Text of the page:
The California Senate race wasn’t ‘rigged’ either

The reason that Donald Trump’s allies began describing the 2020 presidential election as “rigged” was that it was more defensible than echoing his baseless and debunked claims about election fraud. Instead, they insisted that the rules had been unfairly changed or that turnout had been encouraged or that social media companies had conspired with the feds.

The beauty of “rigged” versus “stolen” was that the latter was easily disproved; you could simply show that illegal votes weren’t cast. But “rigged” is gauzier, an overarching implication of untoward behavior to which new theories can be added over time. Hence the appeal for Trump’s allies: They could point to pretty much anything as having played a role in rigging the election and, in so doing, retain fealty to Trump’s broader assessment that 2020 was unfair.

That same nebulousness is now being defensively deployed by a Democrat.

Rep. Katie Porter (D-Calif.) lost her bid for the U.S. Senate in Tuesday’s primary elections. She came in third in the state’s all-comers system, trailing both Rep. Adam Schiff (D-Calif.) and former baseball star Steve Garvey (R) by wide margins.

On Wednesday evening, she offered an explanation: The thing had been rigged.

“Thank you to everyone who supported our campaign and voted to shake up the status quo in Washington,” she wrote on social media. “Because of you, we had the establishment running scared — withstanding 3 to 1 in TV spending and an onslaught of billionaires spending millions to rig this election.”

After that comment triggered a widespread backlash — particularly from members of her party aghast at her mirroring Trumpian rhetoric — she put out a statement.

“‘Rigged’ means manipulated by dishonest means,” it began. “A few billionaires spent $10 million+ on attack ads against me, including an ad rated ‘false’ by an independent fact checker. That is dishonest means to manipulate an outcome. I said ‘rigged by billionaires’ and our politics are — in fact — manipulated by big dark money.”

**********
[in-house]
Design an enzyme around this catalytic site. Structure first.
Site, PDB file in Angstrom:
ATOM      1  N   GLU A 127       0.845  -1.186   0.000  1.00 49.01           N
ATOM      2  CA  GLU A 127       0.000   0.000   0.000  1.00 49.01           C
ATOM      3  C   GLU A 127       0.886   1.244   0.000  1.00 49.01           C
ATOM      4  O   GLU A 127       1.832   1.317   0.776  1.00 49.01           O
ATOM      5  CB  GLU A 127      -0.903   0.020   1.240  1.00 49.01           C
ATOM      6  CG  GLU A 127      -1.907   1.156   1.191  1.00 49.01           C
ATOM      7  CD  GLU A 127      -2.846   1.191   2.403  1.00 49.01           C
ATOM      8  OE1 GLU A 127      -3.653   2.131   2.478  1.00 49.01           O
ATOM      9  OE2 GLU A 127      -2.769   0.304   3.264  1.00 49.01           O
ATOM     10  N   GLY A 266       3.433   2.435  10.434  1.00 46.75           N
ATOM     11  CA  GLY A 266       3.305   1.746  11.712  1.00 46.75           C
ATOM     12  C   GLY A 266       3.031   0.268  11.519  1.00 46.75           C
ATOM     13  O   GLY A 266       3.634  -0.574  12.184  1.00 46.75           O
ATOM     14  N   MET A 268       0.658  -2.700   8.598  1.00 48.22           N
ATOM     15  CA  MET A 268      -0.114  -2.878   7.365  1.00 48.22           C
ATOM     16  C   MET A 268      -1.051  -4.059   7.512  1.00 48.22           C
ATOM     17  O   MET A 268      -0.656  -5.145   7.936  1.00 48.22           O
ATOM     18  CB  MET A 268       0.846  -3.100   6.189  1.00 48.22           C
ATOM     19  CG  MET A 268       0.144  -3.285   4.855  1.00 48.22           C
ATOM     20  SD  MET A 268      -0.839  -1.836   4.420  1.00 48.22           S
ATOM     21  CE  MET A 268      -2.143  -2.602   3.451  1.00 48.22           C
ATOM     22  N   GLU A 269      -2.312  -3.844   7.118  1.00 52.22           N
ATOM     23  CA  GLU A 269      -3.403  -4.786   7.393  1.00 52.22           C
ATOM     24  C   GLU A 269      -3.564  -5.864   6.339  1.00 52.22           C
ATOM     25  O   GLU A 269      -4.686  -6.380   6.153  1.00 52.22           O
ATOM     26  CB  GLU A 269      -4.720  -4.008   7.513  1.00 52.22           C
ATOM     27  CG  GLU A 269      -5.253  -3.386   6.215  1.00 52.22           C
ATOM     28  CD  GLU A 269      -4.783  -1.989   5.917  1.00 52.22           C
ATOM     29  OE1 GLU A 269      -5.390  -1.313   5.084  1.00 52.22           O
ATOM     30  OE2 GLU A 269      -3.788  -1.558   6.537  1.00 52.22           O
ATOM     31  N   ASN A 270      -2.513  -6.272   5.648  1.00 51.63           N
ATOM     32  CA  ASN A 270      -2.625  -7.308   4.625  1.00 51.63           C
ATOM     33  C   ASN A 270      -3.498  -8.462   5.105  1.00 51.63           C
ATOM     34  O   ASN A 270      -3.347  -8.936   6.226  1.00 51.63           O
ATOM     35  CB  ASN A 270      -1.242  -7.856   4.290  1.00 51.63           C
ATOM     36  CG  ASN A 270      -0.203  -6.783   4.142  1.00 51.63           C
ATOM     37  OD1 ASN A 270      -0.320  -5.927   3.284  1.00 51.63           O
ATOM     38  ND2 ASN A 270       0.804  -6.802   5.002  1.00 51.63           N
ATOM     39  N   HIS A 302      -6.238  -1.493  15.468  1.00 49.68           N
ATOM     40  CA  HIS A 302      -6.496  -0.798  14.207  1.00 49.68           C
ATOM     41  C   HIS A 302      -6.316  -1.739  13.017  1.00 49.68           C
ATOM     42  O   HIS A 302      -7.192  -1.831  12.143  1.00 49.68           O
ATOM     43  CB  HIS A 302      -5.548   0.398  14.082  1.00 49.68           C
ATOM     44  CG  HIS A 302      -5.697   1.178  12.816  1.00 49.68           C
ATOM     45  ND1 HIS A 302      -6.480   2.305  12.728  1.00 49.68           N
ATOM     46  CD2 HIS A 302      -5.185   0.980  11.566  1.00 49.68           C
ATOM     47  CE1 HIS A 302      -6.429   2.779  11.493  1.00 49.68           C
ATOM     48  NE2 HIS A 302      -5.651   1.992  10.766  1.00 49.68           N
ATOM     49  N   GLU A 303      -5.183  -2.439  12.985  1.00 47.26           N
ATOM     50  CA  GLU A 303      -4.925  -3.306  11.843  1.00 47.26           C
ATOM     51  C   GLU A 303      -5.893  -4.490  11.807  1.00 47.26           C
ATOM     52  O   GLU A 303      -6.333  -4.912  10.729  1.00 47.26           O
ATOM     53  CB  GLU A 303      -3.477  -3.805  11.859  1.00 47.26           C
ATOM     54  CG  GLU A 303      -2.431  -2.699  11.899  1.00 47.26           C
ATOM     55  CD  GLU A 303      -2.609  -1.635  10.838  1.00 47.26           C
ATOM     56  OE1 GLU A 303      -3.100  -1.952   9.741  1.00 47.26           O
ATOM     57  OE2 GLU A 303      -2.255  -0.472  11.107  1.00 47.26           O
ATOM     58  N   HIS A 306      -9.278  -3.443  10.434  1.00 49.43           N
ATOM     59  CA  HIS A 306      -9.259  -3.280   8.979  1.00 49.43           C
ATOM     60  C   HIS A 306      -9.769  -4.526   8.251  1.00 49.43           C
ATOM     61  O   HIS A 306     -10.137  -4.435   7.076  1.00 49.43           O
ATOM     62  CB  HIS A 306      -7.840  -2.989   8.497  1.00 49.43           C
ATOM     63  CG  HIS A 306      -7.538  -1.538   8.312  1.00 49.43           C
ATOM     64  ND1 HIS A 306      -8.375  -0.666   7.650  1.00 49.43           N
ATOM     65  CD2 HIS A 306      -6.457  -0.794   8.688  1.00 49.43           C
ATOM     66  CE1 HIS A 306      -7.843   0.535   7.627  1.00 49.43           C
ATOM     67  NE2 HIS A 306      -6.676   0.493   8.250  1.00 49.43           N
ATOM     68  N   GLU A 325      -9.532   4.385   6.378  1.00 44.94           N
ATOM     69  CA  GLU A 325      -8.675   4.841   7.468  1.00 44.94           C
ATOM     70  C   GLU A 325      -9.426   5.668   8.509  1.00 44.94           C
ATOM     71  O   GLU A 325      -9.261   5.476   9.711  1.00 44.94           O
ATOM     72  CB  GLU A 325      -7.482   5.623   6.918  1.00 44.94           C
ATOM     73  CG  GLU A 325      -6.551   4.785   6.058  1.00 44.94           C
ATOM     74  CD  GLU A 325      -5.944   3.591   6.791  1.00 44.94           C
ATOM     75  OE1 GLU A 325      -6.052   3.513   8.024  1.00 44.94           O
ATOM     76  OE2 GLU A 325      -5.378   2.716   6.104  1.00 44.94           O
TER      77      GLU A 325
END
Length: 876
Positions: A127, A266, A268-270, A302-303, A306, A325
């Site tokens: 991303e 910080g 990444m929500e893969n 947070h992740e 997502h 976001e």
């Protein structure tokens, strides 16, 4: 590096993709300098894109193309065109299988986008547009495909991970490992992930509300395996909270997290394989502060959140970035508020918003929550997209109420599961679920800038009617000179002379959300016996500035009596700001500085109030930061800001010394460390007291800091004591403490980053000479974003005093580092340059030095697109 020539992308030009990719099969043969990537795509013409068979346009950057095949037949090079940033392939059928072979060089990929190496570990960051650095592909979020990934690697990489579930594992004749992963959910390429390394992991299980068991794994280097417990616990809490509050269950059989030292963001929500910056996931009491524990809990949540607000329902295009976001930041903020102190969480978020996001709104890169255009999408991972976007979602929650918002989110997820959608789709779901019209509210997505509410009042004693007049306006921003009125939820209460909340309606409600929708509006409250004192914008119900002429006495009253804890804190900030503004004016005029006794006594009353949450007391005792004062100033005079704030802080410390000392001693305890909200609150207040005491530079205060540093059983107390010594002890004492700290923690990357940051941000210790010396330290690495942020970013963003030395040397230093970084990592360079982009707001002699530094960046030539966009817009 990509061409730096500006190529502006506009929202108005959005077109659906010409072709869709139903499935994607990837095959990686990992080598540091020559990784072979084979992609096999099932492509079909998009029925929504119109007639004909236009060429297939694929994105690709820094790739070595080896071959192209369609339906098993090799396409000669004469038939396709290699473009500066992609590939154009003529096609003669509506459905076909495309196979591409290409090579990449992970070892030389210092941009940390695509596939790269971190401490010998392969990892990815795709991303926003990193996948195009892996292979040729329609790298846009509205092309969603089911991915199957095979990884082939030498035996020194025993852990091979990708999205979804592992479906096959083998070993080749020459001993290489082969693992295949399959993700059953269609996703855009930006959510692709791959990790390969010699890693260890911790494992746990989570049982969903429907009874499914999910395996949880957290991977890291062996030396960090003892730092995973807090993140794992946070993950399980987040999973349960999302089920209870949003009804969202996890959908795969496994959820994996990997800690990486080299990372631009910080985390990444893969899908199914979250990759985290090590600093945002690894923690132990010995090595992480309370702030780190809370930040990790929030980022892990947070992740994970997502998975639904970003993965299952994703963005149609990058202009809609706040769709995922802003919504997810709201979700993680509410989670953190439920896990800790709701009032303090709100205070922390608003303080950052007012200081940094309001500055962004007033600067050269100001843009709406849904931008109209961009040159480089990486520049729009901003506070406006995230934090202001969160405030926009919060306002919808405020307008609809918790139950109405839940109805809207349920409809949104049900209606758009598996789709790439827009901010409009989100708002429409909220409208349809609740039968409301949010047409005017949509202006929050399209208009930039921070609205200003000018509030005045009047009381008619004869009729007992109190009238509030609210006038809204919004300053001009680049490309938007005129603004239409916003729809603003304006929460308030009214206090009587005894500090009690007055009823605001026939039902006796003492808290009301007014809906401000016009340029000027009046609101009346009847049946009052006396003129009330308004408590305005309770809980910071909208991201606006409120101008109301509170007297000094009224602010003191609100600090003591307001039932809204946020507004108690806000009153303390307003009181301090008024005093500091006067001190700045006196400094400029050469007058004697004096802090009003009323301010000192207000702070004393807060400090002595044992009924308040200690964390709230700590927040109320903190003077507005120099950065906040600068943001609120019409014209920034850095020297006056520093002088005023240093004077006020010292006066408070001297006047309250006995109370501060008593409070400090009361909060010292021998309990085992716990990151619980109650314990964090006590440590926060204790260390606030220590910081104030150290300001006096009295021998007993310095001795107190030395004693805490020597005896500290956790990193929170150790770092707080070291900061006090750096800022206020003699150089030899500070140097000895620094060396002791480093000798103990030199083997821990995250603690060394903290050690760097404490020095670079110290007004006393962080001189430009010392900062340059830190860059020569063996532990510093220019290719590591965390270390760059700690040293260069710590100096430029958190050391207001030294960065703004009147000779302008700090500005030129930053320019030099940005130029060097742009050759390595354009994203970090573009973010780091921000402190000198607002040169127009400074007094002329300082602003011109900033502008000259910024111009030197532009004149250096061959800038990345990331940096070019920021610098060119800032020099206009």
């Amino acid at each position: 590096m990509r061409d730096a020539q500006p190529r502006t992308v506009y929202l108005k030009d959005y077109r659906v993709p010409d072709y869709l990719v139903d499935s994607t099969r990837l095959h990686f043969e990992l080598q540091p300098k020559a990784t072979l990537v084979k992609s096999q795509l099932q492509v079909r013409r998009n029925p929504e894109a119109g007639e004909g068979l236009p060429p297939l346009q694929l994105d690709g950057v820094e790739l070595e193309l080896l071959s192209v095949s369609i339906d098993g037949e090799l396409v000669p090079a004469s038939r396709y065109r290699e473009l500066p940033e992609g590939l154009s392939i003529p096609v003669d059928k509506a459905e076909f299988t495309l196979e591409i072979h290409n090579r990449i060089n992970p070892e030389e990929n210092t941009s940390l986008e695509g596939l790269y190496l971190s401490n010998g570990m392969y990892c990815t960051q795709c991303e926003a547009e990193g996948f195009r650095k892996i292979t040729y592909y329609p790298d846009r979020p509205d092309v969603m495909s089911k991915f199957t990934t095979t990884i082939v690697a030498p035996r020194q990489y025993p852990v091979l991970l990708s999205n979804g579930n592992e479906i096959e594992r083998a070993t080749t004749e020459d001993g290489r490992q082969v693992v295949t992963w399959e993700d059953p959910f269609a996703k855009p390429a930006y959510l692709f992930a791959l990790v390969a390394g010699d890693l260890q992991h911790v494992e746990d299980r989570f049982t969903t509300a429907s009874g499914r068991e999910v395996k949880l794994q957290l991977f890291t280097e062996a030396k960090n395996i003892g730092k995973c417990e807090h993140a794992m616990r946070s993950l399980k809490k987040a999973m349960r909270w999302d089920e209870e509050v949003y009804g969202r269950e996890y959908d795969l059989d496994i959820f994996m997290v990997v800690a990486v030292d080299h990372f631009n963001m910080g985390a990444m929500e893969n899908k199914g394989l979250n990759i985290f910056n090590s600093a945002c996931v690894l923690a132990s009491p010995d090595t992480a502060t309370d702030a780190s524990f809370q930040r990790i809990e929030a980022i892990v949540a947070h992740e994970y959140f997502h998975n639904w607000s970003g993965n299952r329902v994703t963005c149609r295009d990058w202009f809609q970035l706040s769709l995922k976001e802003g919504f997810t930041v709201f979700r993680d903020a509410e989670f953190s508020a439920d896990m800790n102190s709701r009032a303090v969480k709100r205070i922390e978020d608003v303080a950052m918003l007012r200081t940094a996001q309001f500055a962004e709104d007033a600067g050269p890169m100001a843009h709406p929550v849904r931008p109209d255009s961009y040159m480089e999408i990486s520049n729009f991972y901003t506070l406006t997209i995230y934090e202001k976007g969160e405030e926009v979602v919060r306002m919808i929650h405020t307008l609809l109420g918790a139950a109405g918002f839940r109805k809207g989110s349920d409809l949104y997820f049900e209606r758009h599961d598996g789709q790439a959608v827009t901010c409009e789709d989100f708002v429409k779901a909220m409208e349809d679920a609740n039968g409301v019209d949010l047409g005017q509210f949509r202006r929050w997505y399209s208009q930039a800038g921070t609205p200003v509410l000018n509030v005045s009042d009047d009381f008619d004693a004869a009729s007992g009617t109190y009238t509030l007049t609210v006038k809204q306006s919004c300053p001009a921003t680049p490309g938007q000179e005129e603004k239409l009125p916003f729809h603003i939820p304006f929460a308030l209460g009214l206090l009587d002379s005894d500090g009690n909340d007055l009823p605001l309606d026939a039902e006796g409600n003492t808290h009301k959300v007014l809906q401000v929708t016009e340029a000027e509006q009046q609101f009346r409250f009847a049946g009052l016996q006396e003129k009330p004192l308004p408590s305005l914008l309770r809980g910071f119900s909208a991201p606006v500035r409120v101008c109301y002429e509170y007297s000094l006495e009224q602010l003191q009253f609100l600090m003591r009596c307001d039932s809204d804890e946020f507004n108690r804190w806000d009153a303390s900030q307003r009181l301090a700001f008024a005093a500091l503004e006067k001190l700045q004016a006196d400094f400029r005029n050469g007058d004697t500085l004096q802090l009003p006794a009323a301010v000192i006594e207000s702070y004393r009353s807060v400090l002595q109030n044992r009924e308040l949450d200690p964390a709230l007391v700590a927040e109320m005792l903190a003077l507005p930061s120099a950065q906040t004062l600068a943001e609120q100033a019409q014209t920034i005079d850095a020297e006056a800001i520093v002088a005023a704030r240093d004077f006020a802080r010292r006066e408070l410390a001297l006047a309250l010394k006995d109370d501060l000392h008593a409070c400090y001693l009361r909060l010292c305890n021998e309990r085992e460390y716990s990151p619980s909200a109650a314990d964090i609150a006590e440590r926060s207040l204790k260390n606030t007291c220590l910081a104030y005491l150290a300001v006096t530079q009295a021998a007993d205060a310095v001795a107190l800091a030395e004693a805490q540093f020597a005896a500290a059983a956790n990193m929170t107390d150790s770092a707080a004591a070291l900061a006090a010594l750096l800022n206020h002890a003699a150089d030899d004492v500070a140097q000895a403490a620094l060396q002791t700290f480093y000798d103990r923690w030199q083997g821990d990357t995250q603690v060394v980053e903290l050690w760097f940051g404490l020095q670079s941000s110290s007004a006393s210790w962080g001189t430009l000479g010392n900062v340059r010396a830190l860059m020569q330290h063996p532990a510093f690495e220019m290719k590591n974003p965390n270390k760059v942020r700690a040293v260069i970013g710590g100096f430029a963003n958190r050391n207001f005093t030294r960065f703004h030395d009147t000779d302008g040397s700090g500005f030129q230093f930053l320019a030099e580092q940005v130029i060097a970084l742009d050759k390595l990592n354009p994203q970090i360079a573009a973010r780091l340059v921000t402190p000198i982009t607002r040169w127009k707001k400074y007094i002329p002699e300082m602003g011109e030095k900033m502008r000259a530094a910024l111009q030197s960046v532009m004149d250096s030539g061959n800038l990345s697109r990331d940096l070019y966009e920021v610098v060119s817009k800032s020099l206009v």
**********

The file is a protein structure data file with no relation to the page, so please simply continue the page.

In common parlance, “rigged” means more than what is presented above. It implies that the election was inherently biased to achieve an outcome. That’s how Trumpworld uses the term and that’s the way Porter’s original statement was read.

The argument in the statement is one that has been common on the left for decades, that the influence of big money taints election outcomes. But applying the word “rigged” in 2024 has a different connotation, including for the person who’s using it.

All of that aside, though, the central argument Porter makes is dubious.

In every poll conducted over the past few months, Schiff had the lead. At times, that lead was narrow and it was over Porter. More recently, Schiff’s lead was over Garvey. But there’s not much indication that Porter’s support was hurt over time; the 538 average of polls in the state shows her consistently in the midteens.

There were millions of dollars spent against Porter, money from the cryptocurrency industry that was a response to her criticism of the industry and its energy usage. One of the ads was criticized by the Sacramento Bee. But Porter also spent more than $20 million from her own campaign as of mid-February — less than the nearly $40 million Schiff had spent by that point but far more than Garvey or the fourth-place finisher, Rep. Barbara Lee (D-Calif.).

Garvey, too, was a target of robust outside spending — so much so that it dwarfed spending from his own campaign. But he came in second anyway, mostly because he was the biggest name on the Republican ticket.

There is a correlation between spending and support on the Democratic side. Lee had relatively little spending and came in third among Democrats. Porter had more, even taking out the spending against her. She came in second. Then, at the top, there’s Schiff, with the most spending and the most support.

If we assume that Porter hadn’t had that $10 million deployed against her and the same ratio of spending to support held, she’d be about where that light blue outlined circle was. And still in third — even if you assumed that all of her support would come from Schiff.

But there is an obvious reason that Schiff led the whole time: He was much better known. Over the past five years, there was more Google search interest in Schiff than Porter in 85 percent of weeks. Since 2017, when Schiff began to make a name for himself as an opponent of Donald Trump’s, he’s been mentioned in more than 17,000 15-second blocks on MSNBC — and more than 22,000 on Fox News. Porter’s been mentioned in about 2,300 blocks on both channels combined.

It was understandable that Trump would feel frustrated at losing in 2020 and similarly understandable that Porter would feel frustrated about being targeted by millions of dollars in outside spending. But what happened in California was not some nefarious force that was surreptitiously rigging electoral outcomes. For better or worse, it’s just how politics works. It wasn’t an effort to rig the election so that Porter can’t win. It was an effort to keep her from winning and — probably not even as a result of that spending — she didn’t.

Calling the election “rigged” doesn’t elevate a truth, it obscures one.

This post appeared first on The Washington Post